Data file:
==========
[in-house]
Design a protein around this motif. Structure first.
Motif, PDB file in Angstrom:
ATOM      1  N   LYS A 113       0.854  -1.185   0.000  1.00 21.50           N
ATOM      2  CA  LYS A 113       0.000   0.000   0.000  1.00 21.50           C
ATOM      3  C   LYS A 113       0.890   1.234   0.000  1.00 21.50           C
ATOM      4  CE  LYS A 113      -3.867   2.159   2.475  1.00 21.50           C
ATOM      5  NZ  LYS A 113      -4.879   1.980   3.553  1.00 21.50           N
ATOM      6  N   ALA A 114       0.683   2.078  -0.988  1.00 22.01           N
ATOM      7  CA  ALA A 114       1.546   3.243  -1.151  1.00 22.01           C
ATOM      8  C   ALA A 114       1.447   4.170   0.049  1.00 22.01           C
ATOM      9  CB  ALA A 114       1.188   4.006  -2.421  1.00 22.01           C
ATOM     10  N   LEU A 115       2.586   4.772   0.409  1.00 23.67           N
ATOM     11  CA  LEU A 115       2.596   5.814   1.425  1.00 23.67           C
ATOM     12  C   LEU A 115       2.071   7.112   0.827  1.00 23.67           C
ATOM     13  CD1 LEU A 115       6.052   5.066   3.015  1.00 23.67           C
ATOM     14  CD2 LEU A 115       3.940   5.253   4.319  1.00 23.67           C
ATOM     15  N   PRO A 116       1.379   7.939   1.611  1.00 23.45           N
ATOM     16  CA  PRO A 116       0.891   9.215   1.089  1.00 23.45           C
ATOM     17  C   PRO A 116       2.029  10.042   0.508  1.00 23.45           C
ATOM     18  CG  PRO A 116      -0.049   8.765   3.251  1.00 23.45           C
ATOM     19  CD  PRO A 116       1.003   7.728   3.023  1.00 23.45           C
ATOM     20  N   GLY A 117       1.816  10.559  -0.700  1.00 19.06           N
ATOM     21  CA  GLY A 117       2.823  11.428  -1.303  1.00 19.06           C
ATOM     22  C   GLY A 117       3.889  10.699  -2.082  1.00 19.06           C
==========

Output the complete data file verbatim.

[in-house]
Design a protein around this motif. Structure first.
Motif, PDB file in Angstrom:
ATOM      1  N   LYS A 113       0.854  -1.185   0.000  1.00 21.50           N
ATOM      2  CA  LYS A 113       0.000   0.000   0.000  1.00 21.50           C
ATOM      3  C   LYS A 113       0.890   1.234   0.000  1.00 21.50           C
ATOM      4  CE  LYS A 113      -3.867   2.159   2.475  1.00 21.50           C
ATOM      5  NZ  LYS A 113      -4.879   1.980   3.553  1.00 21.50           N
ATOM      6  N   ALA A 114       0.683   2.078  -0.988  1.00 22.01           N
ATOM      7  CA  ALA A 114       1.546   3.243  -1.151  1.00 22.01           C
ATOM      8  C   ALA A 114       1.447   4.170   0.049  1.00 22.01           C
ATOM      9  CB  ALA A 114       1.188   4.006  -2.421  1.00 22.01           C
ATOM     10  N   LEU A 115       2.586   4.772   0.409  1.00 23.67           N
ATOM     11  CA  LEU A 115       2.596   5.814   1.425  1.00 23.67           C
ATOM     12  C   LEU A 115       2.071   7.112   0.827  1.00 23.67           C
ATOM     13  CD1 LEU A 115       6.052   5.066   3.015  1.00 23.67           C
ATOM     14  CD2 LEU A 115       3.940   5.253   4.319  1.00 23.67           C
ATOM     15  N   PRO A 116       1.379   7.939   1.611  1.00 23.45           N
ATOM     16  CA  PRO A 116       0.891   9.215   1.089  1.00 23.45           C
ATOM     17  C   PRO A 116       2.029  10.042   0.508  1.00 23.45           C
ATOM     18  CG  PRO A 116      -0.049   8.765   3.251  1.00 23.45           C
ATOM     19  CD  PRO A 116       1.003   7.728   3.023  1.00 23.45           C
ATOM     20  N   GLY A 117       1.816  10.559  -0.700  1.00 19.06           N
ATOM     21  CA  GLY A 117       2.823  11.428  -1.303  1.00 19.06           C
ATOM     22  C   GLY A 117       3.889  10.699  -2.082  1.00 19.06           C